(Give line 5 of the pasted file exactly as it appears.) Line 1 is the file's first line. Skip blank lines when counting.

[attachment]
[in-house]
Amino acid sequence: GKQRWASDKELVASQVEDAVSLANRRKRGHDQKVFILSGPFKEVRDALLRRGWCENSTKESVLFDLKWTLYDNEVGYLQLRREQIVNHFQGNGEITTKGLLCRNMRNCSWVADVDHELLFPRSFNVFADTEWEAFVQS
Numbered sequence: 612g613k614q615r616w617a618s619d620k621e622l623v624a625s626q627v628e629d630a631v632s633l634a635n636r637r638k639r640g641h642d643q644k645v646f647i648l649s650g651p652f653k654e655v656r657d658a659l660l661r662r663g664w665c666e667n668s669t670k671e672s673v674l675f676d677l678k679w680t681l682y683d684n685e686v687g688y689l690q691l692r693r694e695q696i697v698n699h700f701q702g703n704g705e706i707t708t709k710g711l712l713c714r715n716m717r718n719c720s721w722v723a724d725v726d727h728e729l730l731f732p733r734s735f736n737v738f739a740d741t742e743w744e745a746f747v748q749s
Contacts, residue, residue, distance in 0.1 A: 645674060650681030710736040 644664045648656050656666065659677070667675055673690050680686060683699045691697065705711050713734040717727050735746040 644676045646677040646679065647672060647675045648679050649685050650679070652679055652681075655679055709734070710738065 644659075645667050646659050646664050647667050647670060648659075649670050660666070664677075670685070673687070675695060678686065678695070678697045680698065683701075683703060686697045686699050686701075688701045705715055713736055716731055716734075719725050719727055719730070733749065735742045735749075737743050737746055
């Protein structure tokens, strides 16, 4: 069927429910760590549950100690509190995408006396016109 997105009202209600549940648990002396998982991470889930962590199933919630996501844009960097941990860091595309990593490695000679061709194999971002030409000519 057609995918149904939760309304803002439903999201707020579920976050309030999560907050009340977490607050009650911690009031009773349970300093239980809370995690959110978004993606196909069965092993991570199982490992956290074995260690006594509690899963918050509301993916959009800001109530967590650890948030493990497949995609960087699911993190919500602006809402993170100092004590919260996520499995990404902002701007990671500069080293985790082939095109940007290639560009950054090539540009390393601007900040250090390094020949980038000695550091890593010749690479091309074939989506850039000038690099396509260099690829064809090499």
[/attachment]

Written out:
């Protein structure tokens, strides 16, 4: 069927429910760590549950100690509190995408006396016109 997105009202209600549940648990002396998982991470889930962590199933919630996501844009960097941990860091595309990593490695000679061709194999971002030409000519 057609995918149904939760309304803002439903999201707020579920976050309030999560907050009340977490607050009650911690009031009773349970300093239980809370995690959110978004993606196909069965092993991570199982490992956290074995260690006594509690899963918050509301993916959009800001109530967590650890948030493990497949995609960087699911993190919500602006809402993170100092004590919260996520499995990404902002701007990671500069080293985790082939095109940007290639560009950054090539540009390393601007900040250090390094020949980038000695550091890593010749690479091309074939989506850039000038690099396509260099690829064809090499």